Top Democrat’s Return Sows Uncertainty for Iran Deal

Iran hawk Bob Menendez’s reinstatement as top Democrat on Senate Foreign Relations Committee could alter politics around the nuclear deal.

Sen. Bob Menendez (D-N.J.) waits off stage before announcing he will not support President Barack Obama's Iran nuclear deal on Aug. 18, 2015 in South Orange, New Jersey. (Andrew Burton/Getty Images)
Sen. Bob Menendez (D-N.J.) waits off stage before announcing he will not support President Barack Obama's Iran nuclear deal on Aug. 18, 2015 in South Orange, New Jersey. (Andrew Burton/Getty Images)

A change in leadership among Democrats on the Senate Foreign Relations Committee could alter the politics of the Iran nuclear deal in U.S. Congress, and possibly play to the advantage of the White House and its Republican allies.

Barely noticed amid a brief government shutdown and budget deal over the past week, Sen. Bob Menendez (D-N.J.) quietly took back his spot as the top Democrat on the Senate Foreign Relations Committee, nearly three years after being forced out while battling corruption charges.

An outspoken hawk on Iran, Menendez could offer a lifeline to the White House and its Republican allies in Congress eager to rewrite the deal, congressional staffers and lobbyists said.

Menendez, who at the end of last month saw years-old federal corruption charges dropped after a mistrial, resumed his senior status on the committee just as lawmakers are weighing how to “fix” the Iran deal. In October 2017, President Donald Trump demanded Congress or European allies revise the terms of the accord or he would withdraw the United States from the international agreement.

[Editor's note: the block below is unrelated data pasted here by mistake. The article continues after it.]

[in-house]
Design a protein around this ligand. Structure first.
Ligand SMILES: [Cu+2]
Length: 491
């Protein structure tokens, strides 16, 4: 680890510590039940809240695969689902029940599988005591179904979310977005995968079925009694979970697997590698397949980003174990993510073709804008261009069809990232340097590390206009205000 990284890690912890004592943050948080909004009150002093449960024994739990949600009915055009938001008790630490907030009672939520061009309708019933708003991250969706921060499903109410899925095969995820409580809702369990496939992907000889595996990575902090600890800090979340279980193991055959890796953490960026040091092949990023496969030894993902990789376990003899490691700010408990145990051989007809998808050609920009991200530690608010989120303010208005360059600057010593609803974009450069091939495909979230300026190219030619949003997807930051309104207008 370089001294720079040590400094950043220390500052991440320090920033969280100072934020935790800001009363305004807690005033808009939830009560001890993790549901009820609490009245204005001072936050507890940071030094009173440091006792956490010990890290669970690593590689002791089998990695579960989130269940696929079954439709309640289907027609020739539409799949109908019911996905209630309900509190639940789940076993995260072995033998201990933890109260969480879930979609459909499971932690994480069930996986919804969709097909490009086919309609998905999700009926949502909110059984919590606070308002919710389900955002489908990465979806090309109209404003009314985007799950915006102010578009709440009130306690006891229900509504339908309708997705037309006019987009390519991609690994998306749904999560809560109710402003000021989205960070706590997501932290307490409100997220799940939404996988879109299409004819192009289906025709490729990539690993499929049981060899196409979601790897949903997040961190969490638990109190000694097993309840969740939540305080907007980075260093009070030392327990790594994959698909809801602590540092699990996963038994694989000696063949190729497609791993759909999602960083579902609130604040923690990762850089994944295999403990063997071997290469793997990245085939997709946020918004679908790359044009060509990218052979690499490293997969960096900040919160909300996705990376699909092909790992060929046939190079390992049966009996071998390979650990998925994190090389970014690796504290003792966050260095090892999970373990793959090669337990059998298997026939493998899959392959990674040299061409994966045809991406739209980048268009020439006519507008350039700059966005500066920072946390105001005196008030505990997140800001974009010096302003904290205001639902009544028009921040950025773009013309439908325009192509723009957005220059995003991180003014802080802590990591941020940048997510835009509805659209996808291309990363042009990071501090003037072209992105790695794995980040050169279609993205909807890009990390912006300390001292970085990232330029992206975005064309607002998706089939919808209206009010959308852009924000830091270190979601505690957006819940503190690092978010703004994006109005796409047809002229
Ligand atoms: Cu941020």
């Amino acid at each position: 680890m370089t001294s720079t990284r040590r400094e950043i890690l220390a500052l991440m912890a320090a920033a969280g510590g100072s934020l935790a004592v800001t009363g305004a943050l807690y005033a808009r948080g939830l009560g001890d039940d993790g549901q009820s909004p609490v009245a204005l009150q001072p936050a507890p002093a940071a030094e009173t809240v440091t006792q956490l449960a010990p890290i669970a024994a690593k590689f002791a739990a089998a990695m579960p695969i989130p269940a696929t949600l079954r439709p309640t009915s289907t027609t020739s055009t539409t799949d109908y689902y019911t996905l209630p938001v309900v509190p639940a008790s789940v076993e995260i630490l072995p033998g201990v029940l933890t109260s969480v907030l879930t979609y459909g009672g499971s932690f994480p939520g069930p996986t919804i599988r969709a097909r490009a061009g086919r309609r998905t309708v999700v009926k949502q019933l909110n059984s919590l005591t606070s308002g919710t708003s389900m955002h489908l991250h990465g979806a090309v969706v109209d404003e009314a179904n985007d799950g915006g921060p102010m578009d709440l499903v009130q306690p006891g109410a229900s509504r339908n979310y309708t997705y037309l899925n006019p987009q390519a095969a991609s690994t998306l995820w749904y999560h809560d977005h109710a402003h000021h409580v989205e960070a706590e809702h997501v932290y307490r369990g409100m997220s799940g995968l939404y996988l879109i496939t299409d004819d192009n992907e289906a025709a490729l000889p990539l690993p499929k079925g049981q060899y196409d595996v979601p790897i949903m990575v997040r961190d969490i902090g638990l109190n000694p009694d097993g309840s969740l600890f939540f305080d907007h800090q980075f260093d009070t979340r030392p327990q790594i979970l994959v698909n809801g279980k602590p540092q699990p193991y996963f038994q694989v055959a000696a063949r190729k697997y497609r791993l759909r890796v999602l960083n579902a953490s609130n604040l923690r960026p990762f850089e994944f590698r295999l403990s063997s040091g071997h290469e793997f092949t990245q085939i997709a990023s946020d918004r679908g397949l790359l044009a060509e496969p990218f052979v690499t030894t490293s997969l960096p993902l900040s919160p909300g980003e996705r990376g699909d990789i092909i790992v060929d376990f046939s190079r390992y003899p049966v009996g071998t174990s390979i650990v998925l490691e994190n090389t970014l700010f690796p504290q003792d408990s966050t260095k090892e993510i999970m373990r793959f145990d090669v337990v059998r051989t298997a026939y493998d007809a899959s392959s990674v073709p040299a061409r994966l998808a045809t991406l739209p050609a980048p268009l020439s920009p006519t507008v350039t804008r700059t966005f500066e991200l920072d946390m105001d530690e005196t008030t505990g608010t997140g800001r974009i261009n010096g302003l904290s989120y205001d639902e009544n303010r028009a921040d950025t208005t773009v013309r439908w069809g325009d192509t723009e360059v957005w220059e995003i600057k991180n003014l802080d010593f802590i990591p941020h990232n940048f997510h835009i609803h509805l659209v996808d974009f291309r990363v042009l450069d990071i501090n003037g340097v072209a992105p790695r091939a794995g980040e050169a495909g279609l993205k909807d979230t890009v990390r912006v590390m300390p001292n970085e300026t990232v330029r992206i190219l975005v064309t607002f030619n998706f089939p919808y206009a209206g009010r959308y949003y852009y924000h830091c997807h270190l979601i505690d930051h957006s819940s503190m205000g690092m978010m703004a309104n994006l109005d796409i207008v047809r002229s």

Menendez is a staunch hard-liner on both Cuba and Iran, but it’s unclear if he will break with Democratic ranks over the Iran agreement. His predecessor, Sen. Ben Cardin (D-Md.), was no fan of the 2015 nuclear agreement, but once it was in place, he opposed legislation that would have sunk the deal.

The agreement between Iran and world powers imposed limits on Tehran’s nuclear program in return for lifting an array of U.S. and international sanctions. But Trump and other critics of the deal insist the agreement needs to be amended before a mid-May deadline, with stricter curbs on Iran’s missile program and extending restrictions on the nuclear program that are due to expire over the next decade.

The chairman of the Senate Foreign Relations Committee, Sen. Bob Corker (R-Tenn.) is drafting legislation that would add tougher limits on Iran’s nuclear and missile programs as a trigger for reimposing sanctions on Iran. The acid test is where Menendez comes down on the Corker proposal.

“The first indication will be, what does Sen. Menendez say about the state of discussions about legislation that would meet the president’s demands?” said a lobbyist on Middle East issues. “That will give us a first indication of whether there is a shift.”